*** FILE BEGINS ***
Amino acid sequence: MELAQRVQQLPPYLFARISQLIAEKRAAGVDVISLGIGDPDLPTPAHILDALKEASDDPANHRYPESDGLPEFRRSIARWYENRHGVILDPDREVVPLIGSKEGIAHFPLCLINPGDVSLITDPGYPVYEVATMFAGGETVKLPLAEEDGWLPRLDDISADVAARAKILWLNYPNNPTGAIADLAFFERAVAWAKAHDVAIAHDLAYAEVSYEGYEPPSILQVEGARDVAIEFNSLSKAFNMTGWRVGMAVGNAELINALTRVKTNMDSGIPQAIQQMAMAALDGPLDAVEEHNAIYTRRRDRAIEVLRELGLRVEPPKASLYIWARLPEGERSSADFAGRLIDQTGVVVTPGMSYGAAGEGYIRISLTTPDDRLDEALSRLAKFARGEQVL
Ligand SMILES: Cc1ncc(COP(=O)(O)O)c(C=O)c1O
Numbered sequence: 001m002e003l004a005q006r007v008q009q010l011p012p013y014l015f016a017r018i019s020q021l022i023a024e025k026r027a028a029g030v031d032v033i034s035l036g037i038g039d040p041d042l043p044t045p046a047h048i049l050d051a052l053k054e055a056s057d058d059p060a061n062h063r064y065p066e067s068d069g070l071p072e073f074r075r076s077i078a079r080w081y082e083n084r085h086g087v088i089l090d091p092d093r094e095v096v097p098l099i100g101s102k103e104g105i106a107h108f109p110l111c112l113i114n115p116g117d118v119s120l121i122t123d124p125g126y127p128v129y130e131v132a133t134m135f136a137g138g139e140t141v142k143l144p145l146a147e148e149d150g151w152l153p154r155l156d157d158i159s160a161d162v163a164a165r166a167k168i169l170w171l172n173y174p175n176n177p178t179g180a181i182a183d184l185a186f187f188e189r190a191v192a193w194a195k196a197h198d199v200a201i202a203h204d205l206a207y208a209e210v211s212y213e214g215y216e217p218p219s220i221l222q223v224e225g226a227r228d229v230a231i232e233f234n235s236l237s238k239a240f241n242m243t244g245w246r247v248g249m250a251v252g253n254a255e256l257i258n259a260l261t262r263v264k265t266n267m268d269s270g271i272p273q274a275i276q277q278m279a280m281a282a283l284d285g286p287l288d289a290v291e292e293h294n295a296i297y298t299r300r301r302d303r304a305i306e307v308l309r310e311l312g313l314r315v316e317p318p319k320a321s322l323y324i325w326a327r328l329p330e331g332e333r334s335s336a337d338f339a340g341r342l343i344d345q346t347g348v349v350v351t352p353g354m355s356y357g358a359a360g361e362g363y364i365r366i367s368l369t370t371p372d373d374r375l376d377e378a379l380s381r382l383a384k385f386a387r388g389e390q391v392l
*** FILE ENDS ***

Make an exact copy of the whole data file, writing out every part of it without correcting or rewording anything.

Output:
Amino acid sequence: MELAQRVQQLPPYLFARISQLIAEKRAAGVDVISLGIGDPDLPTPAHILDALKEASDDPANHRYPESDGLPEFRRSIARWYENRHGVILDPDREVVPLIGSKEGIAHFPLCLINPGDVSLITDPGYPVYEVATMFAGGETVKLPLAEEDGWLPRLDDISADVAARAKILWLNYPNNPTGAIADLAFFERAVAWAKAHDVAIAHDLAYAEVSYEGYEPPSILQVEGARDVAIEFNSLSKAFNMTGWRVGMAVGNAELINALTRVKTNMDSGIPQAIQQMAMAALDGPLDAVEEHNAIYTRRRDRAIEVLRELGLRVEPPKASLYIWARLPEGERSSADFAGRLIDQTGVVVTPGMSYGAAGEGYIRISLTTPDDRLDEALSRLAKFARGEQVL
Ligand SMILES: Cc1ncc(COP(=O)(O)O)c(C=O)c1O
Numbered sequence: 001m002e003l004a005q006r007v008q009q010l011p012p013y014l015f016a017r018i019s020q021l022i023a024e025k026r027a028a029g030v031d032v033i034s035l036g037i038g039d040p041d042l043p044t045p046a047h048i049l050d051a052l053k054e055a056s057d058d059p060a061n062h063r064y065p066e067s068d069g070l071p072e073f074r075r076s077i078a079r080w081y082e083n084r085h086g087v088i089l090d091p092d093r094e095v096v097p098l099i100g101s102k103e104g105i106a107h108f109p110l111c112l113i114n115p116g117d118v119s120l121i122t123d124p125g126y127p128v129y130e131v132a133t134m135f136a137g138g139e140t141v142k143l144p145l146a147e148e149d150g151w152l153p154r155l156d157d158i159s160a161d162v163a164a165r166a167k168i169l170w171l172n173y174p175n176n177p178t179g180a181i182a183d184l185a186f187f188e189r190a191v192a193w194a195k196a197h198d199v200a201i202a203h204d205l206a207y208a209e210v211s212y213e214g215y216e217p218p219s220i221l222q223v224e225g226a227r228d229v230a231i232e233f234n235s236l237s238k239a240f241n242m243t244g245w246r247v248g249m250a251v252g253n254a255e256l257i258n259a260l261t262r263v264k265t266n267m268d269s270g271i272p273q274a275i276q277q278m279a280m281a282a283l284d285g286p287l288d289a290v291e292e293h294n295a296i297y298t299r300r301r302d303r304a305i306e307v308l309r310e311l312g313l314r315v316e317p318p319k320a321s322l323y324i325w326a327r328l329p330e331g332e333r334s335s336a337d338f339a340g341r342l343i344d345q346t347g348v349v350v351t352p353g354m355s356y357g358a359a360g361e362g363y364i365r366i367s368l369t370t371p372d373d374r375l376d377e378a379l380s381r382l383a384k385f386a387r388g389e390q391v392l